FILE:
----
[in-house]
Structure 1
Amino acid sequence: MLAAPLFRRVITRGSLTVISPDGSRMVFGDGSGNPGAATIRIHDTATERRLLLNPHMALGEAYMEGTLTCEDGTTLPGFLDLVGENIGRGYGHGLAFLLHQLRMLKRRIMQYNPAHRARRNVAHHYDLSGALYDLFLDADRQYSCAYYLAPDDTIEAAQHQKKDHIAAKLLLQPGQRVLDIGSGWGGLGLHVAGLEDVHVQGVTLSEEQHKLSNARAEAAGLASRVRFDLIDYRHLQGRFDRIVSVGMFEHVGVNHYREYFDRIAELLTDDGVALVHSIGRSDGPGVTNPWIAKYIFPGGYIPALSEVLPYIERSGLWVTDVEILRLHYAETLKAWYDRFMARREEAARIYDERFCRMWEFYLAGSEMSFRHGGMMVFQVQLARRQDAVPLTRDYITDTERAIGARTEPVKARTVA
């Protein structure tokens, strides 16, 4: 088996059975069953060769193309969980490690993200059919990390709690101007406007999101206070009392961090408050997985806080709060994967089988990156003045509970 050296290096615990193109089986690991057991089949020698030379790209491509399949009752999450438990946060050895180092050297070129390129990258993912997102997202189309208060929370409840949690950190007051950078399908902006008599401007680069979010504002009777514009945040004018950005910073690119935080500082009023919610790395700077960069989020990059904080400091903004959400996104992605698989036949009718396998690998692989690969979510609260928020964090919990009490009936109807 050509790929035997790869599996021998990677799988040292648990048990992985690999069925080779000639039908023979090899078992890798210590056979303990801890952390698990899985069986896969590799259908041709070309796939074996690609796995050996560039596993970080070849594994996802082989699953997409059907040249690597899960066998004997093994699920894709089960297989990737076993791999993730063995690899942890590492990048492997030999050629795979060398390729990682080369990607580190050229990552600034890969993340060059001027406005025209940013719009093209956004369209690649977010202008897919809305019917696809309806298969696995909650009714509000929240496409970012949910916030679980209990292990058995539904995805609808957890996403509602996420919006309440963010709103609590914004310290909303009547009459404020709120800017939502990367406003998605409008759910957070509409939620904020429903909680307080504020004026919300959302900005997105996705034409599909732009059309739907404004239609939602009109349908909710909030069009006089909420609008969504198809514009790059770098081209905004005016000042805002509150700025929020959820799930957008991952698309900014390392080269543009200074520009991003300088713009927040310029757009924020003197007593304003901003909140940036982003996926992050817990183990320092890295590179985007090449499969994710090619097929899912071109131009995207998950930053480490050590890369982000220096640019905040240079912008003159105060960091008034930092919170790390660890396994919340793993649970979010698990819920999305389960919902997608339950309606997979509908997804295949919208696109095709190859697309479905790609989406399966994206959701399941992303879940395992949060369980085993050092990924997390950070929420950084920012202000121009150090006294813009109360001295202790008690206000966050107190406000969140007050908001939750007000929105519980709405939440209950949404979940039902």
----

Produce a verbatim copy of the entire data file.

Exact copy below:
[in-house]
Structure 1
Amino acid sequence: MLAAPLFRRVITRGSLTVISPDGSRMVFGDGSGNPGAATIRIHDTATERRLLLNPHMALGEAYMEGTLTCEDGTTLPGFLDLVGENIGRGYGHGLAFLLHQLRMLKRRIMQYNPAHRARRNVAHHYDLSGALYDLFLDADRQYSCAYYLAPDDTIEAAQHQKKDHIAAKLLLQPGQRVLDIGSGWGGLGLHVAGLEDVHVQGVTLSEEQHKLSNARAEAAGLASRVRFDLIDYRHLQGRFDRIVSVGMFEHVGVNHYREYFDRIAELLTDDGVALVHSIGRSDGPGVTNPWIAKYIFPGGYIPALSEVLPYIERSGLWVTDVEILRLHYAETLKAWYDRFMARREEAARIYDERFCRMWEFYLAGSEMSFRHGGMMVFQVQLARRQDAVPLTRDYITDTERAIGARTEPVKARTVA
């Protein structure tokens, strides 16, 4: 088996059975069953060769193309969980490690993200059919990390709690101007406007999101206070009392961090408050997985806080709060994967089988990156003045509970 050296290096615990193109089986690991057991089949020698030379790209491509399949009752999450438990946060050895180092050297070129390129990258993912997102997202189309208060929370409840949690950190007051950078399908902006008599401007680069979010504002009777514009945040004018950005910073690119935080500082009023919610790395700077960069989020990059904080400091903004959400996104992605698989036949009718396998690998692989690969979510609260928020964090919990009490009936109807 050509790929035997790869599996021998990677799988040292648990048990992985690999069925080779000639039908023979090899078992890798210590056979303990801890952390698990899985069986896969590799259908041709070309796939074996690609796995050996560039596993970080070849594994996802082989699953997409059907040249690597899960066998004997093994699920894709089960297989990737076993791999993730063995690899942890590492990048492997030999050629795979060398390729990682080369990607580190050229990552600034890969993340060059001027406005025209940013719009093209956004369209690649977010202008897919809305019917696809309806298969696995909650009714509000929240496409970012949910916030679980209990292990058995539904995805609808957890996403509602996420919006309440963010709103609590914004310290909303009547009459404020709120800017939502990367406003998605409008759910957070509409939620904020429903909680307080504020004026919300959302900005997105996705034409599909732009059309739907404004239609939602009109349908909710909030069009006089909420609008969504198809514009790059770098081209905004005016000042805002509150700025929020959820799930957008991952698309900014390392080269543009200074520009991003300088713009927040310029757009924020003197007593304003901003909140940036982003996926992050817990183990320092890295590179985007090449499969994710090619097929899912071109131009995207998950930053480490050590890369982000220096640019905040240079912008003159105060960091008034930092919170790390660890396994919340793993649970979010698990819920999305389960919902997608339950309606997979509908997804295949919208696109095709190859697309479905790609989406399966994206959701399941992303879940395992949060369980085993050092990924997390950070929420950084920012202000121009150090006294813009109360001295202790008690206000966050107190406000969140007050908001939750007000929105519980709405939440209950949404979940039902």